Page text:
Thursday, August 21, 2008

Wedding Traditions: Latin Wedding Traditions

Many brides today would like to honor their heritage with adding something that reflects their culture to their ceremony. Here are a few things that a bride with Latin or Hispanic heritage might add to her special day.


The Thirteen Gold Coins (Trece monedas de oro)
The madrina de arras holds the 13 coins the bridegroom presents to the bride. The coins, or arrhea, was a Roman custom of breaking gold or silver, one half to be kept by the woman and the other half by the man, as a pledge of marriage.
The groom gives the bride thirteen gold coins as a symbol of his unquestionable trust and confidence. He pledges that he places all of his goods into her care and safekeeping. Acceptance by the bride means taking that trust and confidence unconditionally with total dedication and prudence.
The custom of the coins originated in Spain. Thirteen gold coins are given to the bride by the bridegroom, signifying he will support her. Often presented in ornate boxes or gift trays, this represents the brides dowry and holds good wishes for prosperity. These coins become a part of their family heirloom.
The number 12 represents Christ and his 12 apostles. The coins are presented to the priest by a friend or relative (usually the purchaser). The priest then blesses the coins and hands them to the bride who places them in the groom's cupped hands at the beginning of the ceremony. The coins are then placed on a tray and handed to an assistant to be held until later in the ceremony. Near the end of the ceremony the box and coins are given to the priest who places the coins in the box and hands them to the groom.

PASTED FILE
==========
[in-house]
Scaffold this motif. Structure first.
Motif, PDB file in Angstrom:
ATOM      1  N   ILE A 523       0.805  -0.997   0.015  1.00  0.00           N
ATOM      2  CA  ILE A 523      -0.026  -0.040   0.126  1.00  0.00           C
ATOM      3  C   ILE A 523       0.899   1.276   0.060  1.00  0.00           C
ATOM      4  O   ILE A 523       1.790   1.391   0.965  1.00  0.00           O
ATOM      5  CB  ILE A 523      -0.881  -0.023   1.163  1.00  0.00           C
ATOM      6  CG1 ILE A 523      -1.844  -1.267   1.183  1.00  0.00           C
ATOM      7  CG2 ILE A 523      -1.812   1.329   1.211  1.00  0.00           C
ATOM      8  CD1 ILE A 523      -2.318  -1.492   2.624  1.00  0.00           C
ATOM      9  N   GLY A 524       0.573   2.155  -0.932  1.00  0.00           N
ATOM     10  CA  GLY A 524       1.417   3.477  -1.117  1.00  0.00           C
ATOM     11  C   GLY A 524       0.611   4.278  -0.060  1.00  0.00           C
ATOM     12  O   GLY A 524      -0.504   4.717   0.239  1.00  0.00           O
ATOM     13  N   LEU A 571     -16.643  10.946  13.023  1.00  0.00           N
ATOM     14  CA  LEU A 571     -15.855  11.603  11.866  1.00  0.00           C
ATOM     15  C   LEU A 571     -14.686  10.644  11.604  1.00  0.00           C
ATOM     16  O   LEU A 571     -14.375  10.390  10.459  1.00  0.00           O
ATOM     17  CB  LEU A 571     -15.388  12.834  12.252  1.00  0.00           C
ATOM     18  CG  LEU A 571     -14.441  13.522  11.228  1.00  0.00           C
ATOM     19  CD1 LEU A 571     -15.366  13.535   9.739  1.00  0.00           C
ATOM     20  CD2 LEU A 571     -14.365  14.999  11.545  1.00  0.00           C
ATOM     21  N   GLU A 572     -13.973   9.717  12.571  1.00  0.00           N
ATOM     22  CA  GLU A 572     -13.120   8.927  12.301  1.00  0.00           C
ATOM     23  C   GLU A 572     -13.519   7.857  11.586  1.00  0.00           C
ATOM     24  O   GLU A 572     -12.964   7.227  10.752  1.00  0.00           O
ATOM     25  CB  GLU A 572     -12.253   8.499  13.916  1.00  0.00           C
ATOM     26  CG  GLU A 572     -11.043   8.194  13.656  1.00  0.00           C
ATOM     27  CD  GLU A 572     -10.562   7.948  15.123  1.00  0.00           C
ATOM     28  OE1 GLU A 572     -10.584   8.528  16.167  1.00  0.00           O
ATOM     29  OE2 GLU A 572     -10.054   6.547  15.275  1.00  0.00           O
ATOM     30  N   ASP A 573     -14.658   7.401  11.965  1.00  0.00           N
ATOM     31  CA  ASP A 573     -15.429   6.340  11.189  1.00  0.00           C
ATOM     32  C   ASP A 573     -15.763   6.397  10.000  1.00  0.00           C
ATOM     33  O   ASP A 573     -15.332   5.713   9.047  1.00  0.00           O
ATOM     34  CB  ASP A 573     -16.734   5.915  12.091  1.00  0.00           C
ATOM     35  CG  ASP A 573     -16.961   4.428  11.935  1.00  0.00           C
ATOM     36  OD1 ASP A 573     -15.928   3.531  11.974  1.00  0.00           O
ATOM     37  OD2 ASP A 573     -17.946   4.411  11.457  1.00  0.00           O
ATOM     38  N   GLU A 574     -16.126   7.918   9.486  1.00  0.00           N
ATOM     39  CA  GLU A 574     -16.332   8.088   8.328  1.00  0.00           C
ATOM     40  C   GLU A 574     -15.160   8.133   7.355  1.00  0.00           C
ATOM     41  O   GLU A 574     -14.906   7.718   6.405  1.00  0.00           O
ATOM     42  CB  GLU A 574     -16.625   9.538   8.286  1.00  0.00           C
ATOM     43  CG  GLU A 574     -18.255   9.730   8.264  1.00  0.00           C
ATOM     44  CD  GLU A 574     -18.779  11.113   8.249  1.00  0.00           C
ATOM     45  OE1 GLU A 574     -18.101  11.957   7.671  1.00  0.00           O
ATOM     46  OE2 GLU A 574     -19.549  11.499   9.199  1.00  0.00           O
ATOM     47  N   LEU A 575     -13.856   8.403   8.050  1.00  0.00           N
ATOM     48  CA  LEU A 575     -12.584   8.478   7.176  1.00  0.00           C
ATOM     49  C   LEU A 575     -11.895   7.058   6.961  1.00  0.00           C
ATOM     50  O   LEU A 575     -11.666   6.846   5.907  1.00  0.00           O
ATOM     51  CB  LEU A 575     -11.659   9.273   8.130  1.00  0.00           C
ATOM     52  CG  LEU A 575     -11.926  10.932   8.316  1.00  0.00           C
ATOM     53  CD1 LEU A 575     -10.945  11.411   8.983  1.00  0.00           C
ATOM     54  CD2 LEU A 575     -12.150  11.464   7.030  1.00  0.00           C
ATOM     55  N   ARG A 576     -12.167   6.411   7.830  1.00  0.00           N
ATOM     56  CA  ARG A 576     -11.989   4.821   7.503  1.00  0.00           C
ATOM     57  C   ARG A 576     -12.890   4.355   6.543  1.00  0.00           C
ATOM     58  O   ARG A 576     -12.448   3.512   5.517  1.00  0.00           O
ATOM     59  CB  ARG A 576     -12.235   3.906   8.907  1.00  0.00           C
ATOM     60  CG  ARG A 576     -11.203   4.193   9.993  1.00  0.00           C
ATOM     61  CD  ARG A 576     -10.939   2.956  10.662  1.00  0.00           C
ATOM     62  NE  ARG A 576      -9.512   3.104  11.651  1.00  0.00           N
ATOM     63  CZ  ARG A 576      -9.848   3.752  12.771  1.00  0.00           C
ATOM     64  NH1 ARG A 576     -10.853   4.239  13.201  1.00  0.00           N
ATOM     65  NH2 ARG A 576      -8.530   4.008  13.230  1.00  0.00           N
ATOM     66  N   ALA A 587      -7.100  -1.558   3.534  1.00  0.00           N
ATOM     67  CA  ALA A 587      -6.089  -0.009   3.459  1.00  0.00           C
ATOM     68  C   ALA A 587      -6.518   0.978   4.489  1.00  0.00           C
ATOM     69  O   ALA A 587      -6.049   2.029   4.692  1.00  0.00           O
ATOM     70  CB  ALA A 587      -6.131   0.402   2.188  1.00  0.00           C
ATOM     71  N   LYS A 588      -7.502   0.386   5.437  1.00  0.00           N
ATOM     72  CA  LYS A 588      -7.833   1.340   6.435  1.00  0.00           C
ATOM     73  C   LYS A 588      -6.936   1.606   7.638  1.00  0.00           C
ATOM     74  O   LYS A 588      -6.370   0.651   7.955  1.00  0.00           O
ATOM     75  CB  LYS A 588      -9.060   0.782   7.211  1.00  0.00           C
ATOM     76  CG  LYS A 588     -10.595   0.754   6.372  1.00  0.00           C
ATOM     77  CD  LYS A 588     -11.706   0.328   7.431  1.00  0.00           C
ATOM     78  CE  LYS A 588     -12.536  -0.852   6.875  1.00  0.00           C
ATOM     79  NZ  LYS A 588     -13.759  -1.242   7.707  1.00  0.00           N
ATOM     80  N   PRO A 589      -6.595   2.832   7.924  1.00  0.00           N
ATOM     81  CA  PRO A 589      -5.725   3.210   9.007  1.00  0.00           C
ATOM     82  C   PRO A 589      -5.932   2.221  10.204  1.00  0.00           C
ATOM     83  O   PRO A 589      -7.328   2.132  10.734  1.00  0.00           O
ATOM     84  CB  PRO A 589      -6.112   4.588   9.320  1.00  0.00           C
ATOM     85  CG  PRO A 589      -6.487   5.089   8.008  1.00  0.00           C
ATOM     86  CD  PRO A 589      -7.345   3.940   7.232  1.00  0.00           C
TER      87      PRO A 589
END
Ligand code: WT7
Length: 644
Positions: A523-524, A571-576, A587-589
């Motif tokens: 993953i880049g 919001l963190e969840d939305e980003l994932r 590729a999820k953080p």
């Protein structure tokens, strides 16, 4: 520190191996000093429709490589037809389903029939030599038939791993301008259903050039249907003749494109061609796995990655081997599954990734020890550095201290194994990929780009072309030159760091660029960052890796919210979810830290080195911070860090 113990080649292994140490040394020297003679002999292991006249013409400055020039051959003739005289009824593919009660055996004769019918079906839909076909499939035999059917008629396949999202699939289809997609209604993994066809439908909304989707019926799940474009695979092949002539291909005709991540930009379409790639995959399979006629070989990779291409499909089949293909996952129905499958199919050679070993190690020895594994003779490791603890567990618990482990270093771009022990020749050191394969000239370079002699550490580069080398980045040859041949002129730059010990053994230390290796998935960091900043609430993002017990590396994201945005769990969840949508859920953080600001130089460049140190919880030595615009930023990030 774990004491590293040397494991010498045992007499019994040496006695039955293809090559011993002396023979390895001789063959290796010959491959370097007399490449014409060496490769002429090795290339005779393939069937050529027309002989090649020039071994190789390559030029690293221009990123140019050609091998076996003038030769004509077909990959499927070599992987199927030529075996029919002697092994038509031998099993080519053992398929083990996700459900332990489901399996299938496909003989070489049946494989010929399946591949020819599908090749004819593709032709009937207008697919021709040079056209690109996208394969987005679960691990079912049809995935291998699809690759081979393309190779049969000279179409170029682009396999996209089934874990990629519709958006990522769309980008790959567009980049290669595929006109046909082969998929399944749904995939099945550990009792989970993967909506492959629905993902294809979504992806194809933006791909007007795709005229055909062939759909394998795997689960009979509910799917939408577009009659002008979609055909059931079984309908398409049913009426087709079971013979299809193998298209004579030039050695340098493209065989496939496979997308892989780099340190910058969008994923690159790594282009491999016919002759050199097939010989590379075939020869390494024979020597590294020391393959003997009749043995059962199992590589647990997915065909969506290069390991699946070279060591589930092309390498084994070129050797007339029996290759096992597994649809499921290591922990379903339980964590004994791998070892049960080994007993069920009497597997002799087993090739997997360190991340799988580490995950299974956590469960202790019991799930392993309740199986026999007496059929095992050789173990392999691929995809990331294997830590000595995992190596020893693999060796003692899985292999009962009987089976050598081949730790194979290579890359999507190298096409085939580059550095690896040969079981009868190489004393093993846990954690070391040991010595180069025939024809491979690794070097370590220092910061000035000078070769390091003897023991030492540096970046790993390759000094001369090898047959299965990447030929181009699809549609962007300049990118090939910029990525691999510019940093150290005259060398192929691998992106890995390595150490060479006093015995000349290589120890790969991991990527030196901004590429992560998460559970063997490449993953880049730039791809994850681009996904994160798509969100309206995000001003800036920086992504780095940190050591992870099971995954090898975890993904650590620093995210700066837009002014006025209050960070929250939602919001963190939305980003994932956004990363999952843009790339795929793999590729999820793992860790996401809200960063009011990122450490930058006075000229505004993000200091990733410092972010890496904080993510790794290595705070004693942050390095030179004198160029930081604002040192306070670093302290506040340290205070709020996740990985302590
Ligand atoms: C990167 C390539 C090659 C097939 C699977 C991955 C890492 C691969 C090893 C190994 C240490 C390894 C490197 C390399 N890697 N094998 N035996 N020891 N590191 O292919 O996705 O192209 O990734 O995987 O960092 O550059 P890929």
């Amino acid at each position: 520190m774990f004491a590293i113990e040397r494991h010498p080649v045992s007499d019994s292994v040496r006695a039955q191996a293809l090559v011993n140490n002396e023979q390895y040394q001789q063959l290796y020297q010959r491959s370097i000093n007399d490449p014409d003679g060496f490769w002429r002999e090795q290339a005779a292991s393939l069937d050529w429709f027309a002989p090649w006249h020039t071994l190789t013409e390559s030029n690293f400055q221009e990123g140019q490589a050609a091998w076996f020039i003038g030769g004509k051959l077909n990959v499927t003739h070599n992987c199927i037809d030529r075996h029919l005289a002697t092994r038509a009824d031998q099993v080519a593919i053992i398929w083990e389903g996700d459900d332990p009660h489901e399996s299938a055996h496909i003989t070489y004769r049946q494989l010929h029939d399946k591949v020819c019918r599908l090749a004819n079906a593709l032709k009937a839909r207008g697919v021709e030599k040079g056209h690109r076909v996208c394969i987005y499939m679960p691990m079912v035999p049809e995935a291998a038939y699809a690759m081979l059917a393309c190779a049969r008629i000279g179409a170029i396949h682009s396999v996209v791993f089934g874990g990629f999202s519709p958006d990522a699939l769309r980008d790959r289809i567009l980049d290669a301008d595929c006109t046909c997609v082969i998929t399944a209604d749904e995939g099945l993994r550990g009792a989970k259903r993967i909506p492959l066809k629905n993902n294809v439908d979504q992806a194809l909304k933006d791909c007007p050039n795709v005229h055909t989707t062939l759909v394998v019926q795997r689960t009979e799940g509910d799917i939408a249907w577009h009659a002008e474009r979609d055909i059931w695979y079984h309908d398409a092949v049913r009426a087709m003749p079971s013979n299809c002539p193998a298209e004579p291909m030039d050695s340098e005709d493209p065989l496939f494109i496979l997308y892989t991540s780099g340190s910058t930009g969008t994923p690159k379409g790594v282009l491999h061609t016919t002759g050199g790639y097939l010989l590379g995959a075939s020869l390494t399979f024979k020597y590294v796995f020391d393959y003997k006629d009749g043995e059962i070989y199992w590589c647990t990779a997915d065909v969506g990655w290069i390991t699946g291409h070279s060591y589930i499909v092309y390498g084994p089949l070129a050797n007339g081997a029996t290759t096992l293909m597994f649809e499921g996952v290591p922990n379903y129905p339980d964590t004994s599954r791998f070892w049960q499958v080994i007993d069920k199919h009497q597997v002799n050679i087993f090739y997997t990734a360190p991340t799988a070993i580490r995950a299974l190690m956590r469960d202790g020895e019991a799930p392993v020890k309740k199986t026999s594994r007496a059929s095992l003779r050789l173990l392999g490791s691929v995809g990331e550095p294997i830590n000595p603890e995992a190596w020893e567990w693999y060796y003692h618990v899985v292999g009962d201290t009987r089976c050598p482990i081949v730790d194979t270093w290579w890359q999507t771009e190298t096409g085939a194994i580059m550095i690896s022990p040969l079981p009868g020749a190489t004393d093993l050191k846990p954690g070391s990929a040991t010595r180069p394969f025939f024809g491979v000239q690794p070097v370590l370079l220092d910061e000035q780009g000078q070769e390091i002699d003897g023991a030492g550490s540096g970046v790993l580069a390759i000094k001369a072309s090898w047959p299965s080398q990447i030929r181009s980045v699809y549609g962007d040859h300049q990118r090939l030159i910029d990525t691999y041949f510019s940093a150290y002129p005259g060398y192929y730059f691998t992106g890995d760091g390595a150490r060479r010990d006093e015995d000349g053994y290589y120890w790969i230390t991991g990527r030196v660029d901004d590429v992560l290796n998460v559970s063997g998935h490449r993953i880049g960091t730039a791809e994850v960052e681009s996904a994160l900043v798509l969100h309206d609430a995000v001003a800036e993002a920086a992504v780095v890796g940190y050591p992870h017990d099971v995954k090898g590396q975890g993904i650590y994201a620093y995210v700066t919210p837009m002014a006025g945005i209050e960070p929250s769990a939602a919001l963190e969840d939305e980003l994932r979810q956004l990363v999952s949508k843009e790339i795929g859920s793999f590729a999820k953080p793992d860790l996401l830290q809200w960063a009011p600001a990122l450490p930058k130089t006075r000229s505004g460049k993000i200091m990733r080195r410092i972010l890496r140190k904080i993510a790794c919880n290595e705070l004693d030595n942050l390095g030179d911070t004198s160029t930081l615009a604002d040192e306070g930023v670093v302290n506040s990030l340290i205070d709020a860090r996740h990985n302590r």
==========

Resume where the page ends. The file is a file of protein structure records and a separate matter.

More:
The groom will then pour the coins into the bride's cupped hands and places the box on top. This represent his giving her control as his mistress of all his worldly goods. (Sometimes their hands are tied with a ribbon for this portion of the ceremony.)

The Lasso (El lazo)
As part of the ceremony to symbolize unity, a large loop of rosary of beads or lasso cord is placed in a figure eight shape around the necks of the couple after they have exchanged their vows. It also is beautiful when made of entwined orange blossoms (which symbolize fertility and happiness). A double rosary lasso may also be given by one set of the parents and may be blessed with holy water three times in honor of the trinity.
A special person/couple places the lasso around the shoulders of the bride and groom, groom's shoulder's first. The lasso may also be tied around their wrists. The couple wears the lasso throughout the remainder of the service. (The loop is symbolic of their love which should bind the couple together everyday as they equally share the responsibility of marriage for the rest of their lives.)
At the end of the ceremony, the lasso is removed by either the couple which placed the lasso on the couple, or the priest. The lasso is given to the Bride as a memento of her becoming the mistress of the groom's heart and home.
Most weddings will use the mariachis at the end of the ceremony as a part of the recessional.
The reception is always family oriented and festive. Everyone is presumed to be invited.
For the bridal couple's first dance, guests will gather in a heart-shaped ring at the reception around the couple. Salsa, merengue and the flamenco guitar music may add a Latin flare to the reception.
Favors could be wedding cookies wrapped in tulle, Spanish fans, note cards of Mexican painters, or pieces of pottery could be given.

1 comment:

Jennifer said...

You rock! You are such a great resource for brides!